I disagree with this approach because I don't think these circumpolar tribal diets represent the norm for humans in evolutionary time or among recorded hunter-gatherers. Humans originated in Africa, in an equatorial climate, where the environment provided plenty of edible plant products along with wild game.
When we look at observed equatorial hunter-gatherer diets, we find that the people get a significant portion of their energy (calories) from plant foods, particularly roots and tubers.
In the film Journey of Man (PBS, 2003), Dr. Spencer Wells, Ph.D. presents the story of his discovery of the genetic evidence that all modern humans have descended from a group of people who were ancestors of the people of the present-day Ju/wasi (aka !Kung or Bushman) tribe. Given this, the diet of contemporary Ju/wasi can probably give us important insight into ancient human diets.
In The Old Way (Sarah Crichton Books, 2006), Elizabeth Marshall Thomas describes the life of the Ju/wasi from her first-hand experience living with them. Regarding their diet, Thomas reports:
"The meat of big game, large harvests of nuts, and large, delicious windfalls such as palm hearts were profoundly welcomed by all concerned, but months could pass before the people obtained these kinds of foods, foods that required sharing. Most of the time, people ate the berries, roots, and slow game obtained by ordinary, everyday gathering, usually but not necessarily done by women..." (p. 108)
"By far the most important staple foods of the Ju/wasi were roots––the twenty-five kinds of bulbs, rhizomes, corms, and tubers. The other foods were either small, such as berries, or scarce, such as truffles, or seasonal, such as certain fruits or the spinachlike leaves. Roots were the everyday meal, and even in some cases were sources of water...For the Ju/wasi as for the people of the past, roots were excellent nutrition, and best of all, unlike fruits or berries, could be noted in one season and gathered in another, as few other creatures were competing for them." (p. 110)
I want to emphasize that meat played an important role in the Ju/wasi diet. They highly valued meat. How much? I'll let Ms. Thomas speak again:
"Meat united people. A meal of life-giving meat was meant for all. On the day that Short/Kwi came home dragging the heart-shot ostrich that had charged him, the women in the camp stood up and started dancing, just from the joy of seeing the eat and from having a man like Short/Kwi living among them, bringing a bounty of life-giving food to share with his people. My mother wrote: 'Women bring most of the daily food that sustains the life of the people, but the roots and berries of the Nyae Nyae Ju/wasi are apt to be tasteles and harsh and not very satisfying. People crave meat. Furthermore, there is only drudgery in digging roots, picking berries, and trudging back to the encampment with the heavy loads and babies sagging in the pouches of the leather capes; there is no splendid excitement and triumph in returning with vegetables. The return of a hunter from a successful hunt is vastly different. The intense craving for meat, the uncertainty and anxiety that attend the hunt, the deep excitement of the kill, and finally, the eating and the satisfaction engage powerful emotions in the people.'"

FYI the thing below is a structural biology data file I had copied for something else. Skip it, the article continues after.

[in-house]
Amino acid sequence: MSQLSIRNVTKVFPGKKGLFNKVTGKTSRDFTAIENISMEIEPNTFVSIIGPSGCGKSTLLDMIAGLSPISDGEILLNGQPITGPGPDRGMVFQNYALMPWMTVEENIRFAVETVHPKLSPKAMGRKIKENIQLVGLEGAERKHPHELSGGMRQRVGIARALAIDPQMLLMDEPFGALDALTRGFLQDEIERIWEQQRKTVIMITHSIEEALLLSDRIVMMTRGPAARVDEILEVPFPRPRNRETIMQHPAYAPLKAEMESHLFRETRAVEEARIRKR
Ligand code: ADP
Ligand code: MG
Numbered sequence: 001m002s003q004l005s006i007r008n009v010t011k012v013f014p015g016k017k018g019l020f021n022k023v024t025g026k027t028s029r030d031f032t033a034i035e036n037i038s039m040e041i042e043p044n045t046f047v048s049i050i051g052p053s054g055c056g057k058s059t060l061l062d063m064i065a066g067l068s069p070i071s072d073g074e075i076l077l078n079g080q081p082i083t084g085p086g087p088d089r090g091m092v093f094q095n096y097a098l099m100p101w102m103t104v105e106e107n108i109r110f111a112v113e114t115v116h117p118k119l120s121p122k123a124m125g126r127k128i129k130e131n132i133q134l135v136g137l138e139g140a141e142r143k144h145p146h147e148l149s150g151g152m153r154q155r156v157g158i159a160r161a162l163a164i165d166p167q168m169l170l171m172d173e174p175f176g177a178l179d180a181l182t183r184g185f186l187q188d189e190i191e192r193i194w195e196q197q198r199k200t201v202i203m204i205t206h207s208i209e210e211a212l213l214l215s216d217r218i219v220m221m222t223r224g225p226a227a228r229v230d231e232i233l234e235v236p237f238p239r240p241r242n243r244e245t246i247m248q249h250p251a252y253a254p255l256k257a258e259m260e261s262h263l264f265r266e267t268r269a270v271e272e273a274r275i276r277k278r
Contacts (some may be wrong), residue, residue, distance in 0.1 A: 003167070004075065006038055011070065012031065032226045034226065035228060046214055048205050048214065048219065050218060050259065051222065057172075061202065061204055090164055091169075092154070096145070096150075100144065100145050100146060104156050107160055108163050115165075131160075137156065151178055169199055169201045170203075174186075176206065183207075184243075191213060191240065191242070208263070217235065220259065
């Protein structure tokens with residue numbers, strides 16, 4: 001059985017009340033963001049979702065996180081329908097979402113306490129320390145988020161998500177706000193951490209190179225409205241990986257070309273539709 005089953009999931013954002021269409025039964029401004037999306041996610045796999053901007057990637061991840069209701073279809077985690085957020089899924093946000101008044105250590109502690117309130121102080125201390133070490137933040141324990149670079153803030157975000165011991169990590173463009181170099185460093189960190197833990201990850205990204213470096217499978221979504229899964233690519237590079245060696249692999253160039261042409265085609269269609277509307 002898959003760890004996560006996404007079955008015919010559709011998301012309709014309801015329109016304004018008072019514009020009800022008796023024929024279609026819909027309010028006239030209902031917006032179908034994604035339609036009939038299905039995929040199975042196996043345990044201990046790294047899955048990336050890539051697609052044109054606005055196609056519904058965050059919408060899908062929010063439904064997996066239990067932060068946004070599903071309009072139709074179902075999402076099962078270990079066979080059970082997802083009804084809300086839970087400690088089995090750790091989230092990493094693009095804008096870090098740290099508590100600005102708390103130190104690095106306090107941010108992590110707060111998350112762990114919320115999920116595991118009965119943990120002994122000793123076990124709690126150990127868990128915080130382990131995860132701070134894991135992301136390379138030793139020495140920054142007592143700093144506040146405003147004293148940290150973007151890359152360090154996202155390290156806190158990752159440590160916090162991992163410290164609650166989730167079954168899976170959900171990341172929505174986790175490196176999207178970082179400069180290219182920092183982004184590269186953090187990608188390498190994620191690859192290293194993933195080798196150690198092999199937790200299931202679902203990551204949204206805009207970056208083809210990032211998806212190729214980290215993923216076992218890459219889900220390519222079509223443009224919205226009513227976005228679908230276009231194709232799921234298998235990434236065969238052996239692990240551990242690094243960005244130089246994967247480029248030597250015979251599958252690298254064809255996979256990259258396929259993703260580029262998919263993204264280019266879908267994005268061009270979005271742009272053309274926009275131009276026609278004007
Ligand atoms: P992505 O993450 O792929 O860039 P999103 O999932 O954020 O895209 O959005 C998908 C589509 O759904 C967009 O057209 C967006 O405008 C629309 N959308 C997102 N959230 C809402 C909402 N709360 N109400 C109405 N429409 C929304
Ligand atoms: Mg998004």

The Ju/wasi diet may give us important insight into the ancestral diet of humanity prior to the exodus from Africa about 50,000 years ago. Although I have no doubt it contained plenty of meat and fat, it probably had much more plant food than the Inuit diet. In Africa, our ancestors most likely would have found enough plant foods to make them a significant portion of their diets, just as did the Ju/wasi described by Thomas.
The Old Way gives the reader a first hand, nearly insider account of hunter-gatherer life. I highly recommend it to students of paleo diet.